It is obvious to me that you see in people, and groups of people, only what you want to see. While I will agree that early proponents of the "southern strategy" appealed to some people's racism, for you to say that racism is still what motivates the base of Republicans is totally baseless. Regardless of what the Dems' talking points might be, states' rights and racism are not the same argument.

So yeah, I'm inferring an accusation of racism from both you and Olby. On top of that, I'm inferring a great deal of condescension from you every time you call one of my viewpoints "childish" (and you do it a lot).

And no, I don't think Palin and Bachmann are fomenting ideas of violence. (I haven't seen much of O'Reilly or Beck in a while except for Beck's continued dust-up with Wallis.)

In short--and I hope I'm misreading this--your comment is saying that yeah, Republicans are racist thugs. And I will remain in total disagreement with that conclusion.

p.s. And if I'm a partisan hack for citing Breitbart, you are just as much of one for citing HuffPo.

Friend never responded to this statement.  I can only hope Friend decided that this discussion was just as unproductive as the previous ones, but future events led me to believe that this was not the case.
The second event which put the nails in the coffin was my posting of a Michelle Malkin column about the same events I mentioned in my post.  Ms. Malkin's column took the viewpoint that the left had manufactured a fake hate-crime to pin on the Tea Partiers.

And how did Friend respond?  Of course, by attacking the messenger.  "You need to stop referencing Malkin. She is a demonstrated liar and bigot..."  At this point, I was incredibly tired of being told what not to post.  I certainly didn't tell Friend not to post the Frank Rich NYTimes column from the following Sunday ( which, as one might expect at this point, called the Tea Partiers racists.

No, I decided that the Christian thing to do in this case was not to engage Friend in any discussion whatsoever.  I changed the privacy settings so that, presently, Friend is no longer able to see my posts, thereby leaving Friend unable to comment on them as well.

But, with that said, Friend's status updates still appeared on *my* Facebook news page.  And two of those updates crossed a line.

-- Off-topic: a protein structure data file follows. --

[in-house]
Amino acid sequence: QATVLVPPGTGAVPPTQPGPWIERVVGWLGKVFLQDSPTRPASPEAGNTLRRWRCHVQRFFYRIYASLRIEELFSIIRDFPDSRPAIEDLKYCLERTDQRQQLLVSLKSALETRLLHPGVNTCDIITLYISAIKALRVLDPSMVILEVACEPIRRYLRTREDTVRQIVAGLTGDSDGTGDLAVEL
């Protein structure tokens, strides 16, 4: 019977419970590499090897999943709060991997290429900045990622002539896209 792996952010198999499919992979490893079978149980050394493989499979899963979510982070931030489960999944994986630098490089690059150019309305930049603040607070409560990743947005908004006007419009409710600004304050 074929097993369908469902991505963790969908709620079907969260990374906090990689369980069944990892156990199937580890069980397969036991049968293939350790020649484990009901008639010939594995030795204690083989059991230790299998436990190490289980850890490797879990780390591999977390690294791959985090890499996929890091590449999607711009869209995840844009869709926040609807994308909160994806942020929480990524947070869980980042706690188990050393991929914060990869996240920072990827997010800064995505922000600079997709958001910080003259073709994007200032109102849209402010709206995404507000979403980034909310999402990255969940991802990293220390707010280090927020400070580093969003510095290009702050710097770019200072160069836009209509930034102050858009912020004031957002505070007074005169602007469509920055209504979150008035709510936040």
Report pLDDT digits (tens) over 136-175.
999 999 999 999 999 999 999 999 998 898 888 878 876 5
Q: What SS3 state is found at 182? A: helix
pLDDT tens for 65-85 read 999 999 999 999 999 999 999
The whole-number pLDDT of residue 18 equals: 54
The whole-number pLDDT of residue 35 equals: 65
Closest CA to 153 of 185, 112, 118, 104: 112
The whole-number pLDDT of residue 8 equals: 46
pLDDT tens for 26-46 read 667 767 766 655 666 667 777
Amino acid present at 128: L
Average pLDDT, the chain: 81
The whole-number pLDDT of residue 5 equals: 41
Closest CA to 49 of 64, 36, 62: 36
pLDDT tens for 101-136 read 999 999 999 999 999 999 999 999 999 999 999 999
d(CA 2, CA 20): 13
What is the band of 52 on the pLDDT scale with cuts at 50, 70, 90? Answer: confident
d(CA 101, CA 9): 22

The first:

Nevermind that she and the right-wing media establishment are willfully misinterpreting the U.S. president, but Sarah Palin is a Constantinian, not a Christian. I quote: "I don't understand a world view where we have to question whether we like it or not that America is powerful."

Friend, who are you to question whether someone else is a Christian or not?  Last I heard, God was in charge of making that determination, and you certainly are not God.  Was Governor Palin's statement Constantinian?  Perhaps it was.  But neither you, nor anyone else in this world, gets to make the call on her characterYour statement was incredibly arrogant and infuriating.

The second:

Mark Davis is a damnable racist, and both the Dallas Morning News and WBAP happily give him platforms for his wickedness. I am furious at him for how much he loves to hurt black people and I'm likewise frustrated at the society that makes our local media essentially untouchable.

Other than that Mark Davis hosts a show at WBAP in Dallas/Fort Worth, I know absolutely nothing about him, but again, Friend, who do you think you are to refer to a person as "damnable"?  IT'S NOT YOUR CALL.  (Given your leanings and your previous postings, Friend, I'm inclined not to believe he's even a racist, but I'm not having that discussion.)

So, Friend (and I know you're reading this), why did I change my privacy settings to let you read this particular post (and, of course, the other two parts through the links posted above)?  Because you and I are still fellow Christians.  First of all, as a Christian, I feel that it is important to call you out for your statements above, which, in my opinion, were decidedly not Christian.

Secondly, and more importantly, I feel called to end this bitterness.  Several of my comments to you in our Facebook discussions were not exactly Christian in nature either, and I feel that we both owe it to God to apologize.

So I'm sorry.  I'm not sorry for my viewpoints, but I am sorry for the way I defended them at times.

And what of you, Friend?  Do we reconcile, acknowledge that we are going to disagree on certain issues, and move forward, or do we part ways now?  It's your call.